On a side note, I find it odd the previous flight could have peanuts, and someone could accidentally drop on in the seat cushion for the next passenger (who might have an allergy). I figure that sort of logic might prevail in the decision to get rid of them entirely.

  47. Take them off. This won’t prevent other passengers bringing them on, but it definitely decreases the risk of a medical emergency

  48. I am a school teacher who loves peanut butter, but every now and then I have a student who is allergic to peanuts. I mean seriously allergic – epi-pen allergic.

    I would hate to be responsible for anything to happen to them. So, if I have a student who is allergic to peanut butter I don’t eat peanut butter for the entire school year just to be sure.

    People can survive a plane ride without peanuts – get rid of them.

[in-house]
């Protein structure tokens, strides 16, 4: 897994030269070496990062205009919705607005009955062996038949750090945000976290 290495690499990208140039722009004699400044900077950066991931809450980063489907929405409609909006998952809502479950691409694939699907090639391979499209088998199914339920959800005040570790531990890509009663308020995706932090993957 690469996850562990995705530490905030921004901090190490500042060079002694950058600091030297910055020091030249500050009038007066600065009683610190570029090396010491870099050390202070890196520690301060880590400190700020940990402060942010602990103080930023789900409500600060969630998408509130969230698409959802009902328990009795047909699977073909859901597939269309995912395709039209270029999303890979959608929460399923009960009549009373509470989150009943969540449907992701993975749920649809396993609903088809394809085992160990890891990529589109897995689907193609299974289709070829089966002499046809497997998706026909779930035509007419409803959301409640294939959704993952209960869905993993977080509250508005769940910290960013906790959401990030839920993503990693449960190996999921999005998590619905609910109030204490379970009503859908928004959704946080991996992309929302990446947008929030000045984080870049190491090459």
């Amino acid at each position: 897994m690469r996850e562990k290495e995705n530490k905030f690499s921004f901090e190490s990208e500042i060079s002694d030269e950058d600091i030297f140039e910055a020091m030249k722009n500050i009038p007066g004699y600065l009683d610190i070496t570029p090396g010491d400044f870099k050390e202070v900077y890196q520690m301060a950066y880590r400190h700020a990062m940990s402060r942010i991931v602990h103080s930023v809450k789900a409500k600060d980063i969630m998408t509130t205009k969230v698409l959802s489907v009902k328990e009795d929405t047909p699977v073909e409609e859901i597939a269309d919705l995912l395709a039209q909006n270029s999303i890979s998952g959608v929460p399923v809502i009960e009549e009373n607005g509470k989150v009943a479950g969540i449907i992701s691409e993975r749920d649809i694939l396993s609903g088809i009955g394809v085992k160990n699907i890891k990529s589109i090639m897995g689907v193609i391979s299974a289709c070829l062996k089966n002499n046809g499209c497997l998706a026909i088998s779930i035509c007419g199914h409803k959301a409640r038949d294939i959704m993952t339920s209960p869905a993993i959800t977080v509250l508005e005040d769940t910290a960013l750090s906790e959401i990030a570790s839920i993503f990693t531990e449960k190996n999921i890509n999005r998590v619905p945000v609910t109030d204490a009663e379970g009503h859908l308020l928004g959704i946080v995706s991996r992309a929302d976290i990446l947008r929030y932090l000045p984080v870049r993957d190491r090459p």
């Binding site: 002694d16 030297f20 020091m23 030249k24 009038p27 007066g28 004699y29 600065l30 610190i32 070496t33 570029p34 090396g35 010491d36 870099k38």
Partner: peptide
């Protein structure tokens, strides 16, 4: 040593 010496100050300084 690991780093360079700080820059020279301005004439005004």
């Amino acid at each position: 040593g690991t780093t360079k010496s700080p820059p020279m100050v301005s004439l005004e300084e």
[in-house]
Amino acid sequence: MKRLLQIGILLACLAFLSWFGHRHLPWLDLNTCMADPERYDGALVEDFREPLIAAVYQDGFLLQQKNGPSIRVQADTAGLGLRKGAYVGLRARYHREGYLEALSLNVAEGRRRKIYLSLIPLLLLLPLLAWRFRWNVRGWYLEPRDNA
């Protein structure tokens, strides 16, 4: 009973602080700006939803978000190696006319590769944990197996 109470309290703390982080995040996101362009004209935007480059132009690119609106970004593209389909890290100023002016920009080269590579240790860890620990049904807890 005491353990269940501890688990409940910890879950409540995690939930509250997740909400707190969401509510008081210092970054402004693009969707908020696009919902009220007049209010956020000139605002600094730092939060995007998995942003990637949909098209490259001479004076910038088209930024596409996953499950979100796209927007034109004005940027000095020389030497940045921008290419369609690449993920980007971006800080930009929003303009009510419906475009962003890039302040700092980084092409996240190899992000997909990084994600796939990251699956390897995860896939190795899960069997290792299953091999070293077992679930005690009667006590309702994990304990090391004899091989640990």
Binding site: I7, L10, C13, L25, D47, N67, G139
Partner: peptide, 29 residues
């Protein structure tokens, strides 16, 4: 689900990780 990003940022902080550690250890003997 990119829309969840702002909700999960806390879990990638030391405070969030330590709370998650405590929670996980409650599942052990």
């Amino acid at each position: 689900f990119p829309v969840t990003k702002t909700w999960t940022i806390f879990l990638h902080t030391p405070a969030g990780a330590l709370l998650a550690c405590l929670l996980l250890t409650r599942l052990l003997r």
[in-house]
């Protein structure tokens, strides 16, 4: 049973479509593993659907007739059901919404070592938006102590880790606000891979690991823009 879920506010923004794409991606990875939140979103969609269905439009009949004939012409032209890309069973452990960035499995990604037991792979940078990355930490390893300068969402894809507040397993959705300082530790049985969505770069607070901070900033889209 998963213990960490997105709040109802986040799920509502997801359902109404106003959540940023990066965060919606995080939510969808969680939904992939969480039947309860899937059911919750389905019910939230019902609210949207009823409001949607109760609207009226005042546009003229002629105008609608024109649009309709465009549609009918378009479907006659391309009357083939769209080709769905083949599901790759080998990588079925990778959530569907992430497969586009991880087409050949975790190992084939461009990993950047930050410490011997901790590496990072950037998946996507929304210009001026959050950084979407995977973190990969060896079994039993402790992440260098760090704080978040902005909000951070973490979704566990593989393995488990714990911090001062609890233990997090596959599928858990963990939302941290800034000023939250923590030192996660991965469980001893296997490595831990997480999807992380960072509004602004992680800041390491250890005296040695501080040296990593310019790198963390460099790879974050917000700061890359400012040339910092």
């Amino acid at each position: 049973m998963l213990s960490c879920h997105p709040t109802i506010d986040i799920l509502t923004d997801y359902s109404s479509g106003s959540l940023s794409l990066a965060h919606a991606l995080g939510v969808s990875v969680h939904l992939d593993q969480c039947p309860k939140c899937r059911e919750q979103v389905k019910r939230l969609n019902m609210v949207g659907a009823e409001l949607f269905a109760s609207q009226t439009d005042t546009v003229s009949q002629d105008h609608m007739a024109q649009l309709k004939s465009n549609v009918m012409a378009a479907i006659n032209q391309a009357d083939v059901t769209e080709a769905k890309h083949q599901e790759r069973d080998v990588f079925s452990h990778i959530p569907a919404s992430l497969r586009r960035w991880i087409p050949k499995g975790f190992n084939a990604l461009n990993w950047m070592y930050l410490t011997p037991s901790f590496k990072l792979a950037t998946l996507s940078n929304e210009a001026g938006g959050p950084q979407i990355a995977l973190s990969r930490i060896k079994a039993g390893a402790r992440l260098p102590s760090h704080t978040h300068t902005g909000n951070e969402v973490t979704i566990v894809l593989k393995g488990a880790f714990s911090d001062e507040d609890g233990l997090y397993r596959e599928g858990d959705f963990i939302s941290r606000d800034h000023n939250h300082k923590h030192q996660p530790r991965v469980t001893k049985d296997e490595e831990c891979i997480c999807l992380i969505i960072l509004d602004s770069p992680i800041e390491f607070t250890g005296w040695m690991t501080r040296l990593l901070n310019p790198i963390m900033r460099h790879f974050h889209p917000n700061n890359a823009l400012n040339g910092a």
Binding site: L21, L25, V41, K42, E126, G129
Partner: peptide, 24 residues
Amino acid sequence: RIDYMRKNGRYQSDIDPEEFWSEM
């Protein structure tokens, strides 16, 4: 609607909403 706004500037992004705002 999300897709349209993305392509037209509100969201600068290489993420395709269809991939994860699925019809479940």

49. I say keep them and only remove them as needed for a passenger that request it.

  50. I don’t care for them so I’d be happy with something else. I’m not sure how many people have actually died on an airplane from peanuts though.

  51. Take them off. The peanuts Delta serves are not that good anyway. Now if they were honey roasted….

  52. BenTraveling Reply

    I would be fine with Delta not serving peanuts, particularly if Delta provided a decent protein-rich alternative. Pretzels don’t seem like a comparable substitute. Any reasonable alternative would likely be more expensive for Delta. Almonds, cashews, or pistachios would be great, but many people are probably allergic to them as well. If Delta didn’t provide peanuts and diminished the already slim selection of snacks in coach, I think passengers will be even more likely to bring their own snacks on board, including those containing allergens.

  53. Peanuts are by far my favorite option among the ones Delta offers and people are allergic to so many things these days that if we go down that route we’ll end up not having any food on any plane…

  54. BOShappyflyer Reply